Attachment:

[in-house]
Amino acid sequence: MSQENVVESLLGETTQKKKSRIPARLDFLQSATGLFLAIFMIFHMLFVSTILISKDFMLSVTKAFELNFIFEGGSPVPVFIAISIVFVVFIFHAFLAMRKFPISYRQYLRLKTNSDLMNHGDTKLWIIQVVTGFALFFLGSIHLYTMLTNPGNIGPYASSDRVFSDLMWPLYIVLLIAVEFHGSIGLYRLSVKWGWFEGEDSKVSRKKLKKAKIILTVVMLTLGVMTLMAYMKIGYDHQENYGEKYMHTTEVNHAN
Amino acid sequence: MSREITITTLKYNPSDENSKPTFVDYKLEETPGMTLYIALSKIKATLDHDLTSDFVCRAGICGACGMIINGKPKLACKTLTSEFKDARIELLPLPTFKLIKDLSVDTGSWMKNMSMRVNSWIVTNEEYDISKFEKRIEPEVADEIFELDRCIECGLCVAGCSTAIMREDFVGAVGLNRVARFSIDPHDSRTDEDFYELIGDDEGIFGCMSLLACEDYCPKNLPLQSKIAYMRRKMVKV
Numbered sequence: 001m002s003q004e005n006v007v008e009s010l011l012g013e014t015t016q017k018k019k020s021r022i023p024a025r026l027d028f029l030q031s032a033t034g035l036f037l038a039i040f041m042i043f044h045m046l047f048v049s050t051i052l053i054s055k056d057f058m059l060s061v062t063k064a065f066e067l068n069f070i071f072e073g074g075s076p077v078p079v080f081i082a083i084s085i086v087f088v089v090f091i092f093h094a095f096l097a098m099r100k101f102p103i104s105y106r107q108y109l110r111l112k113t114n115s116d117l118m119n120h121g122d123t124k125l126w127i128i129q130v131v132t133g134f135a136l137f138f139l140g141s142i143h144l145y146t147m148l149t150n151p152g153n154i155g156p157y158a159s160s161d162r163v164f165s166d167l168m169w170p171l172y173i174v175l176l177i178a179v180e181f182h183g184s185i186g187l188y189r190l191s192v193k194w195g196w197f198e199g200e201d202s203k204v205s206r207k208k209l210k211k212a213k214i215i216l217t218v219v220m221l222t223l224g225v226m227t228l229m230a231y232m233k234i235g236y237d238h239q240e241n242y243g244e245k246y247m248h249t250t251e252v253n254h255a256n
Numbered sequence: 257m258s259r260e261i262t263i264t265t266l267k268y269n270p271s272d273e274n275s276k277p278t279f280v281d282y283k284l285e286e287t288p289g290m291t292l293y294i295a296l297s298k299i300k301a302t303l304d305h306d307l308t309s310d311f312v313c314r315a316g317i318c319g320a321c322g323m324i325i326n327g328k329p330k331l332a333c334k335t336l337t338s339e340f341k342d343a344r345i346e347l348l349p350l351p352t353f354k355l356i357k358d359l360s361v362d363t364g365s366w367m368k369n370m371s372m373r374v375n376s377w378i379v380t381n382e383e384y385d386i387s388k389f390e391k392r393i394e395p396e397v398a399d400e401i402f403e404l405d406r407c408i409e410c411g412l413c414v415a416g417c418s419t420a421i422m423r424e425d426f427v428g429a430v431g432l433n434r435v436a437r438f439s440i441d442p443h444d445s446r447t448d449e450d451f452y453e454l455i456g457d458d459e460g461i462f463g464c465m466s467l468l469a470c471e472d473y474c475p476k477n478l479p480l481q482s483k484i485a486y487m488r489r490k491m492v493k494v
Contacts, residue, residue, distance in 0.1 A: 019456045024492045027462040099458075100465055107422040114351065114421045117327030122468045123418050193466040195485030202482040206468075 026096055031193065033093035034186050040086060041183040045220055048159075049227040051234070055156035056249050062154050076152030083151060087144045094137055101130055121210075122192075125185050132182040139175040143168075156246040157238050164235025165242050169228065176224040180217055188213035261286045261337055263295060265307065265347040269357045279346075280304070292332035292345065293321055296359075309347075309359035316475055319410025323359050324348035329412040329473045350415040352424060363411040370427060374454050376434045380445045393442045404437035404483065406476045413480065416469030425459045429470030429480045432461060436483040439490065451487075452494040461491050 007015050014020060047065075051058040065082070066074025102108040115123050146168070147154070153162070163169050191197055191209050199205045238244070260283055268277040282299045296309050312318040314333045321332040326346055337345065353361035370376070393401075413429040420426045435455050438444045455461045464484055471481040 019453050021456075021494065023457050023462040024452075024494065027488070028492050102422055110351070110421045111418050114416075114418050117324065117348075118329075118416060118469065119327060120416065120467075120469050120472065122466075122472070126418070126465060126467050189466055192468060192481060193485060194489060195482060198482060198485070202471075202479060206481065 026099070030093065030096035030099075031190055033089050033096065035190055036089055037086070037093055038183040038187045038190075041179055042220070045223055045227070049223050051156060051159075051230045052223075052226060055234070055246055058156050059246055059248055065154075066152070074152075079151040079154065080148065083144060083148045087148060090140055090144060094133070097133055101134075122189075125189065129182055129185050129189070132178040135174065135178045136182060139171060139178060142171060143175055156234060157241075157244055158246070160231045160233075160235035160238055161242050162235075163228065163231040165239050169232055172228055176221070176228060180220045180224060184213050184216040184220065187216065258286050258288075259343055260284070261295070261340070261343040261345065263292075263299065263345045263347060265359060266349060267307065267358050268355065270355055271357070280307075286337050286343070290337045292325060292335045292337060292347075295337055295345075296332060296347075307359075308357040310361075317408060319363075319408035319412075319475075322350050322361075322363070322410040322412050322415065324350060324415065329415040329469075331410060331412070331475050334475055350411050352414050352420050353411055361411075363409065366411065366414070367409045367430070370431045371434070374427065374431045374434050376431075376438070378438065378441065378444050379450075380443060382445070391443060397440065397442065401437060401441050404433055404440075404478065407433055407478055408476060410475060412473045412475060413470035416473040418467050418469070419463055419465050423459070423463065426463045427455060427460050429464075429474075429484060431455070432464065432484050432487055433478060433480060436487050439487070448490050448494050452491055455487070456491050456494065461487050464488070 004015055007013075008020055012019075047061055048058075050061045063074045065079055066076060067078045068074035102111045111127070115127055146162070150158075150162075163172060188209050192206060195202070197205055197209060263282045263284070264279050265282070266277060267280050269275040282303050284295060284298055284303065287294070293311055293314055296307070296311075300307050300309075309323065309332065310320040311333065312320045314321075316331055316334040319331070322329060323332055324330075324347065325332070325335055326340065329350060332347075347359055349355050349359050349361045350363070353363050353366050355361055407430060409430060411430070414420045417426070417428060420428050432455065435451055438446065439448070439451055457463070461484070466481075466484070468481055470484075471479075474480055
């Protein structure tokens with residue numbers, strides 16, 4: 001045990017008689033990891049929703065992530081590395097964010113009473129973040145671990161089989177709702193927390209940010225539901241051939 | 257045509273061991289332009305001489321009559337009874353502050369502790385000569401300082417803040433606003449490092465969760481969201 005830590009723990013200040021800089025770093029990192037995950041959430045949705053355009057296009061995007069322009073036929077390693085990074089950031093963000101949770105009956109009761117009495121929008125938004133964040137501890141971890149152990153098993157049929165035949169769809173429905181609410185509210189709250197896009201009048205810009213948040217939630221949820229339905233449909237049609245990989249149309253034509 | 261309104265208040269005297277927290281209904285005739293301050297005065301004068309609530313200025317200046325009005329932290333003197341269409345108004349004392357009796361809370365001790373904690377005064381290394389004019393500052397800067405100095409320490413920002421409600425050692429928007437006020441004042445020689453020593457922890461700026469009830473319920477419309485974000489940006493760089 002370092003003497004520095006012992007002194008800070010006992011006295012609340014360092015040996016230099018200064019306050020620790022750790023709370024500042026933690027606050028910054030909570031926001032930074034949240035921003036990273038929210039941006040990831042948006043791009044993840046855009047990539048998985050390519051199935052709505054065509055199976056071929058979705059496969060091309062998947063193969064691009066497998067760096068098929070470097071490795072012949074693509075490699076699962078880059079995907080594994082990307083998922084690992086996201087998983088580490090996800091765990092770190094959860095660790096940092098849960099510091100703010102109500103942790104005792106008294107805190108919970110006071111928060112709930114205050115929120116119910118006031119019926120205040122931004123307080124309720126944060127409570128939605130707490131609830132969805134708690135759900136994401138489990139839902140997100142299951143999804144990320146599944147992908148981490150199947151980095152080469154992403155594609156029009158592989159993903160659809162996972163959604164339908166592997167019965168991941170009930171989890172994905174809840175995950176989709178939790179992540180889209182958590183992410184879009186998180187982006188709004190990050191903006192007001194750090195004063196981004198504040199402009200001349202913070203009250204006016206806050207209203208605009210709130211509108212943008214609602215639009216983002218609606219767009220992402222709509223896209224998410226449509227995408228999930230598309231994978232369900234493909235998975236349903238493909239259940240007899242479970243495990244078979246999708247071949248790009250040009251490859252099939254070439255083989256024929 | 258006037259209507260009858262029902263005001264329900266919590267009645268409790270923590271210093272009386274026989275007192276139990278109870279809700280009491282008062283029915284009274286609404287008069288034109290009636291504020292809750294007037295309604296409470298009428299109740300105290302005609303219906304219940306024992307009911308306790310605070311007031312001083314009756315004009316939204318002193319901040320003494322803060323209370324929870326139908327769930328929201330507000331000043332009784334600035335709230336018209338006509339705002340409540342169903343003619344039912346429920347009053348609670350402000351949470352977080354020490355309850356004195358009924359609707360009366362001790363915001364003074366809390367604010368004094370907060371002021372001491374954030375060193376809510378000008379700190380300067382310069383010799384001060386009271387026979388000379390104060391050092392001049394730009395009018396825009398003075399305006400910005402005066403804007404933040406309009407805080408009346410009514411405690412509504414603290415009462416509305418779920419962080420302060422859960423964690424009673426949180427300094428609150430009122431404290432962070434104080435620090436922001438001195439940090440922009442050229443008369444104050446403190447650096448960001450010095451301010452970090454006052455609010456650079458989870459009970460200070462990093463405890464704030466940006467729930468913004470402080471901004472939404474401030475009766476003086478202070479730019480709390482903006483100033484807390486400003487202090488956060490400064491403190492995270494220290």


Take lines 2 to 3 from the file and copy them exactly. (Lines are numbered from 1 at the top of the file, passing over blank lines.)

Amino acid sequence: MSQENVVESLLGETTQKKKSRIPARLDFLQSATGLFLAIFMIFHMLFVSTILISKDFMLSVTKAFELNFIFEGGSPVPVFIAISIVFVVFIFHAFLAMRKFPISYRQYLRLKTNSDLMNHGDTKLWIIQVVTGFALFFLGSIHLYTMLTNPGNIGPYASSDRVFSDLMWPLYIVLLIAVEFHGSIGLYRLSVKWGWFEGEDSKVSRKKLKKAKIILTVVMLTLGVMTLMAYMKIGYDHQENYGEKYMHTTEVNHAN
Amino acid sequence: MSREITITTLKYNPSDENSKPTFVDYKLEETPGMTLYIALSKIKATLDHDLTSDFVCRAGICGACGMIINGKPKLACKTLTSEFKDARIELLPLPTFKLIKDLSVDTGSWMKNMSMRVNSWIVTNEEYDISKFEKRIEPEVADEIFELDRCIECGLCVAGCSTAIMREDFVGAVGLNRVARFSIDPHDSRTDEDFYELIGDDEGIFGCMSLLACEDYCPKNLPLQSKIAYMRRKMVKV